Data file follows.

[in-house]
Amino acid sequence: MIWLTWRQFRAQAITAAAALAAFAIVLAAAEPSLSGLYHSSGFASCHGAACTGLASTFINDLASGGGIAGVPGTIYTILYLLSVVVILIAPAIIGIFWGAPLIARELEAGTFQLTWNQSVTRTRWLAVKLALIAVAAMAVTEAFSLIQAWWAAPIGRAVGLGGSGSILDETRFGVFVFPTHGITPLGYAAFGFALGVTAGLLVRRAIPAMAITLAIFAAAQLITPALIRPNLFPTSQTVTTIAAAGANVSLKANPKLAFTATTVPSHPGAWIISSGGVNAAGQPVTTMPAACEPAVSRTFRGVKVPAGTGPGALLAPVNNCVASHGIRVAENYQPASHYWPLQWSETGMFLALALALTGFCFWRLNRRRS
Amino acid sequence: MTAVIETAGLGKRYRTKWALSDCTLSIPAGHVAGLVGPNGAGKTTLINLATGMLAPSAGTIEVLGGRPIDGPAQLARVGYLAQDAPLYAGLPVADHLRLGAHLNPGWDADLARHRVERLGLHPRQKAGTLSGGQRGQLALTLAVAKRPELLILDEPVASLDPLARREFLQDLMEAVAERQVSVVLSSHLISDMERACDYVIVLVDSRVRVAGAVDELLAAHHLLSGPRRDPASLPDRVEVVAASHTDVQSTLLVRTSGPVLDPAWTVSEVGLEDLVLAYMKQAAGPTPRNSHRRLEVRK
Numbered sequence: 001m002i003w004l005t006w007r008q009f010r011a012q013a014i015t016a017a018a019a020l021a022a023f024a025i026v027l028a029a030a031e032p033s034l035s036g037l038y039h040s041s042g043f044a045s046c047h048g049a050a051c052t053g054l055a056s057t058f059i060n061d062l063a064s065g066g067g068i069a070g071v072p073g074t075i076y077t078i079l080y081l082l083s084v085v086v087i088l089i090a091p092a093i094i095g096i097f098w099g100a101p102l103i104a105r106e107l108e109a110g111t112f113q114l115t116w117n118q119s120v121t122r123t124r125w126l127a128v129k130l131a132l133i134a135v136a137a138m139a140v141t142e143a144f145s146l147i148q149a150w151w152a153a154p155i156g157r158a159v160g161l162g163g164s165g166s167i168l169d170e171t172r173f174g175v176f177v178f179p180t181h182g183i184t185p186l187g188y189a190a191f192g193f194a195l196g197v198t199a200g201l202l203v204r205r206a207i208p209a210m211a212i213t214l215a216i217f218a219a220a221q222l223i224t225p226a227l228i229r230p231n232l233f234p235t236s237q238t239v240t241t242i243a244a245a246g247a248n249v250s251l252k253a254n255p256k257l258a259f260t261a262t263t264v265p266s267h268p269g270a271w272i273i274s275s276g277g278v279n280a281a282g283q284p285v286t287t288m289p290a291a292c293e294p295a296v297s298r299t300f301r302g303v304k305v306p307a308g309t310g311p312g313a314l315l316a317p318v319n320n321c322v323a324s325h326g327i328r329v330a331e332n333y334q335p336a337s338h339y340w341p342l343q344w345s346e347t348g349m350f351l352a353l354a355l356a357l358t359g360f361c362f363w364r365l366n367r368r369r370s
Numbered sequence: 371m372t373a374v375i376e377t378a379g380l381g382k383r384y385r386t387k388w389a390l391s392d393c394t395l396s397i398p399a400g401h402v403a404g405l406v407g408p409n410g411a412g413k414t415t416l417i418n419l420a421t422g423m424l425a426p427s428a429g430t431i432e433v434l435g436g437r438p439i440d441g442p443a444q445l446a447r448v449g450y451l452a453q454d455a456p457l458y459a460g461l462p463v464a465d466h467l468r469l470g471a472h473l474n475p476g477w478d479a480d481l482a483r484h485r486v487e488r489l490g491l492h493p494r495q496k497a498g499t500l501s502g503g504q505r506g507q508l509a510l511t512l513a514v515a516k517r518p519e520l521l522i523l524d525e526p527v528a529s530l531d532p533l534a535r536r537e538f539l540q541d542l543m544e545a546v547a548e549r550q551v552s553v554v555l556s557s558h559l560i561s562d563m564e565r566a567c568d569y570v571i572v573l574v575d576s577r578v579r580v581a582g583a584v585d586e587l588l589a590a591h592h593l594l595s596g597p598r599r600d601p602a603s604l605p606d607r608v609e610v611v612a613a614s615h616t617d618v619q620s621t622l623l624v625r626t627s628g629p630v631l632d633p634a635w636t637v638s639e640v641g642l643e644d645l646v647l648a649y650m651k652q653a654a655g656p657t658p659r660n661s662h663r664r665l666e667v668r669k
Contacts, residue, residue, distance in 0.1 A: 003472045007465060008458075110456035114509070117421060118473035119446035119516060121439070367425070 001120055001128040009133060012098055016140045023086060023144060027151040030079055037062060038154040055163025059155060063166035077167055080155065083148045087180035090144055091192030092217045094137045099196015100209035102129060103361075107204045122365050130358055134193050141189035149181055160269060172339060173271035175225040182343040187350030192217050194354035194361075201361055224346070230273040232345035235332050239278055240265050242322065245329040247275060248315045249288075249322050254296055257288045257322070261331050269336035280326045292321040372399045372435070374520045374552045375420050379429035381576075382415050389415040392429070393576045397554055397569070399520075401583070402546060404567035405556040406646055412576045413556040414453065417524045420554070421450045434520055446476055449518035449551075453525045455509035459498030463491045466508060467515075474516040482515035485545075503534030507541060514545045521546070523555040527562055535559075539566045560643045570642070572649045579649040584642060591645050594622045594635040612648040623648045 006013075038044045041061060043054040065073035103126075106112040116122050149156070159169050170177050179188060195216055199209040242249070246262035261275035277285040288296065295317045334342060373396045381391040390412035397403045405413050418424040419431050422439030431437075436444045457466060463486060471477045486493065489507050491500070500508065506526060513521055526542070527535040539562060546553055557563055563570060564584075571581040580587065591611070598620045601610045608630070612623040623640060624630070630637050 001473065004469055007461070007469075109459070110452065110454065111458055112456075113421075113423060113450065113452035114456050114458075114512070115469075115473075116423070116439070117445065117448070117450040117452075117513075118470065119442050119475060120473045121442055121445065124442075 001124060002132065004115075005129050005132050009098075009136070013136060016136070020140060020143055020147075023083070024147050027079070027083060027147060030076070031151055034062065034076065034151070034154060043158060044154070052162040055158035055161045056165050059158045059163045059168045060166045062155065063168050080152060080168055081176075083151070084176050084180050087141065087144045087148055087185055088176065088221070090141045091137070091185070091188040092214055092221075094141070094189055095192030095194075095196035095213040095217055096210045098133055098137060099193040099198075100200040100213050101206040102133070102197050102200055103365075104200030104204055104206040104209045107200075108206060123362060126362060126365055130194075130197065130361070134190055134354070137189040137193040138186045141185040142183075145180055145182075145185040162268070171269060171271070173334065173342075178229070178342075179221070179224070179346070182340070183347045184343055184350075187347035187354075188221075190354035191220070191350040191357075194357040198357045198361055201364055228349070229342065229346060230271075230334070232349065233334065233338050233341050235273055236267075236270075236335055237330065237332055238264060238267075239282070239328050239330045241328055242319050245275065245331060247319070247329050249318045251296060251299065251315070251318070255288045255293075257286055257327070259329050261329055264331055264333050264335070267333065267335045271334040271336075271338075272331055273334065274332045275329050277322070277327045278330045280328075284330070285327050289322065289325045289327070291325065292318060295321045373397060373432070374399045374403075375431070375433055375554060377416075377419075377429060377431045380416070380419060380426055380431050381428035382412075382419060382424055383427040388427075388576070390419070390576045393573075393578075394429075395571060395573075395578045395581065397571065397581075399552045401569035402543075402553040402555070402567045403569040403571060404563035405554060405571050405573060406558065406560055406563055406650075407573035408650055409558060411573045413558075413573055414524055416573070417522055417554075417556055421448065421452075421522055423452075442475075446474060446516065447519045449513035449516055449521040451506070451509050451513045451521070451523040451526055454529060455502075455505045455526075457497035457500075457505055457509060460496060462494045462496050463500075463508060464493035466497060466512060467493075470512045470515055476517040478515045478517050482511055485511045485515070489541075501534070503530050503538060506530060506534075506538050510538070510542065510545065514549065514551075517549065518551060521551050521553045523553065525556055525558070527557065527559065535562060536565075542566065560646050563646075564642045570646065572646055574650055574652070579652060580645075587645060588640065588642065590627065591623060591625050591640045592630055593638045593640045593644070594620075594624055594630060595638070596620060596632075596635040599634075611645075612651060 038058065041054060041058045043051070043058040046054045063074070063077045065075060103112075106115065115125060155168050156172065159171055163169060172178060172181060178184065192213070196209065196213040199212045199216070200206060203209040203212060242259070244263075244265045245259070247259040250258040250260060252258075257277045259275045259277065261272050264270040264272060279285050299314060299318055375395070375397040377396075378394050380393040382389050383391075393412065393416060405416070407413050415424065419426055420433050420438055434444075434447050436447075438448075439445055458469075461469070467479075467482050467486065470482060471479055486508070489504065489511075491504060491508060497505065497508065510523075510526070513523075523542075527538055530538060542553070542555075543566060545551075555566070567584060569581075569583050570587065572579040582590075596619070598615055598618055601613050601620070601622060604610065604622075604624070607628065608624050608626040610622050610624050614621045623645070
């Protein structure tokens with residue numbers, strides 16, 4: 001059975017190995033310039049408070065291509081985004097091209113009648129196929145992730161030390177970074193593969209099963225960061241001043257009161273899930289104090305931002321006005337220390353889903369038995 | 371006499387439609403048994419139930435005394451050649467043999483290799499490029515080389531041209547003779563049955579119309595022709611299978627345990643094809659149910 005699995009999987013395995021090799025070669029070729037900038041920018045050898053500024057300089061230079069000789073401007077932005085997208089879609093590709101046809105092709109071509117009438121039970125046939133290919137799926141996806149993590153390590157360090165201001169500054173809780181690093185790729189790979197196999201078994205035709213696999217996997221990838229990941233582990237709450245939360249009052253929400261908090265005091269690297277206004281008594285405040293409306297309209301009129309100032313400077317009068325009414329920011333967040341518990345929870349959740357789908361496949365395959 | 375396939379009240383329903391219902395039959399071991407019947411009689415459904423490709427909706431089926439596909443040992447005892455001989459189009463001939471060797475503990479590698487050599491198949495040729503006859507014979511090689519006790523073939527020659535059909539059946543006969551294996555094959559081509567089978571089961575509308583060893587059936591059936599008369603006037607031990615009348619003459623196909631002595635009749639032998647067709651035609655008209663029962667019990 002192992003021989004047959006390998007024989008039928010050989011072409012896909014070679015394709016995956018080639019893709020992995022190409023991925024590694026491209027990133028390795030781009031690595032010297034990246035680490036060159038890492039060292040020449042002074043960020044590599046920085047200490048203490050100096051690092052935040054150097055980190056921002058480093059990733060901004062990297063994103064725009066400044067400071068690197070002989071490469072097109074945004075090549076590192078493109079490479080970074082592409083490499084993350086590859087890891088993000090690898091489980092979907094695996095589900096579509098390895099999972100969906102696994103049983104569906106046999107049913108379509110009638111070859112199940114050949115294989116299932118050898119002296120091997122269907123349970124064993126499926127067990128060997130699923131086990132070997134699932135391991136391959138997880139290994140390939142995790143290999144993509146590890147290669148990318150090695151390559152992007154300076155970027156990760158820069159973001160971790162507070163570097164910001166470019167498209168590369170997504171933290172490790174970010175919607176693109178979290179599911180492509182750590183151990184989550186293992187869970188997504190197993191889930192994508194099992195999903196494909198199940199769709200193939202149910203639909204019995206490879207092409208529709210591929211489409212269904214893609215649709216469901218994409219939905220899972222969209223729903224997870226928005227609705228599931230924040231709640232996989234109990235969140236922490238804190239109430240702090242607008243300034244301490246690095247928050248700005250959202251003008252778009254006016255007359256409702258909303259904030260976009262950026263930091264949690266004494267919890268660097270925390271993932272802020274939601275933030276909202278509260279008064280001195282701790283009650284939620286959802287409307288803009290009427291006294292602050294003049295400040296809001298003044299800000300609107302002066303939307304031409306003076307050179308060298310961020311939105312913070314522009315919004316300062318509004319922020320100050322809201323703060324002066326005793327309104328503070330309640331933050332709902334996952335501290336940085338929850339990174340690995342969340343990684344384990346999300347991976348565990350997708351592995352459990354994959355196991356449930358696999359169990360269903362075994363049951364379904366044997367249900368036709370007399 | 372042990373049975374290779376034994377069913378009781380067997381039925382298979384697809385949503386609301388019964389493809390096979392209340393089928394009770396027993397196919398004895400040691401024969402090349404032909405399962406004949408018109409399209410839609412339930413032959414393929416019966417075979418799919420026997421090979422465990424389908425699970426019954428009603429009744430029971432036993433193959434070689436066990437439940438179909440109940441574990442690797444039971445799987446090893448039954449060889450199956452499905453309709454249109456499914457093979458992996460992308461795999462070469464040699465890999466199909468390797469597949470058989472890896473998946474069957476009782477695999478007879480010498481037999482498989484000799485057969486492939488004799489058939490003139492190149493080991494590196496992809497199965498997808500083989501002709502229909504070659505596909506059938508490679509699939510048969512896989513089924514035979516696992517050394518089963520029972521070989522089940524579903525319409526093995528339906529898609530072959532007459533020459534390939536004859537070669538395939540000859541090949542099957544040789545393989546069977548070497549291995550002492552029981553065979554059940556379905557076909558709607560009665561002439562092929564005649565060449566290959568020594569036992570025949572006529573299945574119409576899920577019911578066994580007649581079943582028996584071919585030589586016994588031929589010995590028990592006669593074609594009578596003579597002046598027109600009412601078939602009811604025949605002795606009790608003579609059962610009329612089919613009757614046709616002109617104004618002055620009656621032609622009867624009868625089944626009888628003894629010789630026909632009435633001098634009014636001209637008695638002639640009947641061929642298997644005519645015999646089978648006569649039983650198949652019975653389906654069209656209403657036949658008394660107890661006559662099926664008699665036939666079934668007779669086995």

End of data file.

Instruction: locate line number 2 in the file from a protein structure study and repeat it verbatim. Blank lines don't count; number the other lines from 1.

Amino acid sequence: MIWLTWRQFRAQAITAAAALAAFAIVLAAAEPSLSGLYHSSGFASCHGAACTGLASTFINDLASGGGIAGVPGTIYTILYLLSVVVILIAPAIIGIFWGAPLIARELEAGTFQLTWNQSVTRTRWLAVKLALIAVAAMAVTEAFSLIQAWWAAPIGRAVGLGGSGSILDETRFGVFVFPTHGITPLGYAAFGFALGVTAGLLVRRAIPAMAITLAIFAAAQLITPALIRPNLFPTSQTVTTIAAAGANVSLKANPKLAFTATTVPSHPGAWIISSGGVNAAGQPVTTMPAACEPAVSRTFRGVKVPAGTGPGALLAPVNNCVASHGIRVAENYQPASHYWPLQWSETGMFLALALALTGFCFWRLNRRRS